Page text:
Georgetown has ridden team concept to national ranking

Georgetown's Henry Sims pulled down a rebound from South Florida's Ron Anderson Jr. in the Hoyas' 30-point victory last week.

WASHINGTON — Given how basketball has become such a star-driven sport, Georgetown’s unexpected rise this season is a bit out of the mainstream.

 

The Hoyas have gone from picked to finish 10th in the Big East in the preseason by conference coaches to ranked No. 10 in the country – and they’ve done it without an above-the-title name.

It’s not “Greg Monroe and the Hoyas” or “Jeff Green and the Hoyas” or even “Austin Freeman, Chris Wright and Hoyas,” it’s an amalgamation of guys wearing gray and blue who usually play good enough defense to overcome the offense’s dry spells.

“They were more talented last year,” South Florida coach Stan Heath said after a 30-point loss to Georgetown two weeks ago, but are a “much better team this year.”

It sometimes takes an outside voice like Heath’s to state the obvious, but the Hoyas concur.

With all due respect to departed seniors Freeman and Wright – who last year led the Hoyas to a 21-11 record and another early flameout in the NCAA Tournament – this year’s team has a better chemistry.

“It wasn’t all roses last year,” senior center Henry Sims said. “We’ve grown from that.

“This year we’ve just bought into the philosophy of playing hard, playing defense together,” he said. “Being a team on the court, being able to pick each other up on the court, being able to talk to each other on the court. “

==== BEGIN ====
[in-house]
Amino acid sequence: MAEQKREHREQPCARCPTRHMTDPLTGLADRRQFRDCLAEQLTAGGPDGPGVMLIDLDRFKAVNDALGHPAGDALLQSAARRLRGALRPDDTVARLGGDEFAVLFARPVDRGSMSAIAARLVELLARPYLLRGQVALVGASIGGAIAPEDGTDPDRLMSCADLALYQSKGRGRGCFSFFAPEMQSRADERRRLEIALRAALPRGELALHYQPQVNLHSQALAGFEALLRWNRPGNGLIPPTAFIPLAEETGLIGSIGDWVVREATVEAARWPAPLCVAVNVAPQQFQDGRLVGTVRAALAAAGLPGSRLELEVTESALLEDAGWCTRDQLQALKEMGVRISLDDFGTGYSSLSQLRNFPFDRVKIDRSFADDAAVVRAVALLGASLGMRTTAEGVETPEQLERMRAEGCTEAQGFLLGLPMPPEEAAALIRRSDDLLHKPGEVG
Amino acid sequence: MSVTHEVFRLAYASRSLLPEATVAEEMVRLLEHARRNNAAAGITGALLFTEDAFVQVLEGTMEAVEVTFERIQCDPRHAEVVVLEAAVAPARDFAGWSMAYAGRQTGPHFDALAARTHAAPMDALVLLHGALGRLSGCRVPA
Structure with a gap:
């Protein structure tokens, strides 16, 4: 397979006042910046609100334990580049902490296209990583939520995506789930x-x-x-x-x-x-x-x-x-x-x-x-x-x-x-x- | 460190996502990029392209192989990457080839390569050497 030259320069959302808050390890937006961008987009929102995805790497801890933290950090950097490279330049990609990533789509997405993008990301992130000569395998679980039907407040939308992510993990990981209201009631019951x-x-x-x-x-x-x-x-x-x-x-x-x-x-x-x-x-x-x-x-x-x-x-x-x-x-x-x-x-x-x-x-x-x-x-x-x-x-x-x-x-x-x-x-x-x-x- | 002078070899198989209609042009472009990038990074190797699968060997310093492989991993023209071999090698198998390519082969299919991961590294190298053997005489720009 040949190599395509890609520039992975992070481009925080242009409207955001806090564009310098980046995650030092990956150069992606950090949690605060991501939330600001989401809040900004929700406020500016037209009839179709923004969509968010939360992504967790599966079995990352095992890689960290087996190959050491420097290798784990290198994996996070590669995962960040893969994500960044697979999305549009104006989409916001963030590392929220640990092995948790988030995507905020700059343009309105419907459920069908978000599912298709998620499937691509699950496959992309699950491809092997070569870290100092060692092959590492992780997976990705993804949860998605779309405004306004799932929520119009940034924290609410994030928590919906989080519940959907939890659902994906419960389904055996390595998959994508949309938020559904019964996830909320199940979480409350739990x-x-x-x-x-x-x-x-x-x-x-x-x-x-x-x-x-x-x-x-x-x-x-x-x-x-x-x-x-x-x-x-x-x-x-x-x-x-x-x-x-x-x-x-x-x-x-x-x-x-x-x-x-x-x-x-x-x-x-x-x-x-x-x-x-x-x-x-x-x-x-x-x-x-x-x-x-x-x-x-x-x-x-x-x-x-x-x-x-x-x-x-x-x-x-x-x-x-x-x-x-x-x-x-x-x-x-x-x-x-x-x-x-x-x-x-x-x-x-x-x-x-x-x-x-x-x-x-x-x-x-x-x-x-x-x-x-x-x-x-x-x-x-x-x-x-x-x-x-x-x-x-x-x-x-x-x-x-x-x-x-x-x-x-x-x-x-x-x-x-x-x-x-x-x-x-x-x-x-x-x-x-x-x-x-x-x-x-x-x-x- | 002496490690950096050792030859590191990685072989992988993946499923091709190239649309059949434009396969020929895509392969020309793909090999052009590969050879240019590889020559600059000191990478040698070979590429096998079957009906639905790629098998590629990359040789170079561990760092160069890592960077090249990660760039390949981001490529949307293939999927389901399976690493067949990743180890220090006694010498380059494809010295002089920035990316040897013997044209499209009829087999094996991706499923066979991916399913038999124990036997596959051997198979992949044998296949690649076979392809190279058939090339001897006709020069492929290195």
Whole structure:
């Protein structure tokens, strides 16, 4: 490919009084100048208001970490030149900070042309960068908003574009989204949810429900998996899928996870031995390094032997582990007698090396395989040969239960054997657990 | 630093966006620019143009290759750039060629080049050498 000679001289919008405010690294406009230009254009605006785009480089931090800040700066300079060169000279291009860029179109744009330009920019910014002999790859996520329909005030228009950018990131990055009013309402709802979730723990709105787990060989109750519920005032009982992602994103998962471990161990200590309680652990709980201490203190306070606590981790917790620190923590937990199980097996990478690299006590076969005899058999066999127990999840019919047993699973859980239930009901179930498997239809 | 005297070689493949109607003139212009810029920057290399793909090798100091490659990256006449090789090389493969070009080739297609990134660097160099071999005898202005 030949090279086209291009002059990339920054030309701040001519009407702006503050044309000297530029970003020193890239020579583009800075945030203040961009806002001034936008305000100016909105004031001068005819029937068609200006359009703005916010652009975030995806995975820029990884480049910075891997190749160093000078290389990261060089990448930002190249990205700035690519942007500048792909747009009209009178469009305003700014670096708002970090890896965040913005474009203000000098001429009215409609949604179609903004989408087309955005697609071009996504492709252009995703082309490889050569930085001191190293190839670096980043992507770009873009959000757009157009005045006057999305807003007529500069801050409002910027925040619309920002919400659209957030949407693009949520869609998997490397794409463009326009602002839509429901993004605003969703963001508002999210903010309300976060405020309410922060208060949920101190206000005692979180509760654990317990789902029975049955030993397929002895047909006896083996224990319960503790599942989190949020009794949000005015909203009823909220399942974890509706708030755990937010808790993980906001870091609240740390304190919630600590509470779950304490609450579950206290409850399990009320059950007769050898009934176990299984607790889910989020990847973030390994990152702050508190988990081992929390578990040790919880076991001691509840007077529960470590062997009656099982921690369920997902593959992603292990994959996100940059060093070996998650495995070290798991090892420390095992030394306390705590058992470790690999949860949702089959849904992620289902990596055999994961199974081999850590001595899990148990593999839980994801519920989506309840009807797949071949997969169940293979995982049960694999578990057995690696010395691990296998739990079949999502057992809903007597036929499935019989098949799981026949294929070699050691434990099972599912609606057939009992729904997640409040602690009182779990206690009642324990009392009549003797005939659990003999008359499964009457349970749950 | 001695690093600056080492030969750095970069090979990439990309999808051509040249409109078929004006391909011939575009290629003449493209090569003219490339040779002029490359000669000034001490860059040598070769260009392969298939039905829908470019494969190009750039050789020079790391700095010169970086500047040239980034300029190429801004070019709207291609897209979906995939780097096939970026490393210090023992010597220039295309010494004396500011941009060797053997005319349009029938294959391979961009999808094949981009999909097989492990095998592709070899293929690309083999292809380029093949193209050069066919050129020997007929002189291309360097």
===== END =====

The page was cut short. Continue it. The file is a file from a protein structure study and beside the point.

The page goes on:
Coach John Thompson III loves it, and it shows.

He’s taken a team heavily reliant on youth – the roster has only two seniors and one junior – and has taught it to play solid team defense and unselfish offense.

The Hoyas (19-5, 9-4) have held five Big East teams to 50 points or fewer headed into today’s game at Providence.

“Not that he wasn’t into it last year, but I think one thing that’s different about this team– not to criticize last year’s team – is that when people break off of the offense this year, it’s to get somebody else a shot,” sophomore forward Nate Lubick said.

“Rather than last year, if somebody was breaking out of our offensive sets, it was kind of to get their own shot.”

 

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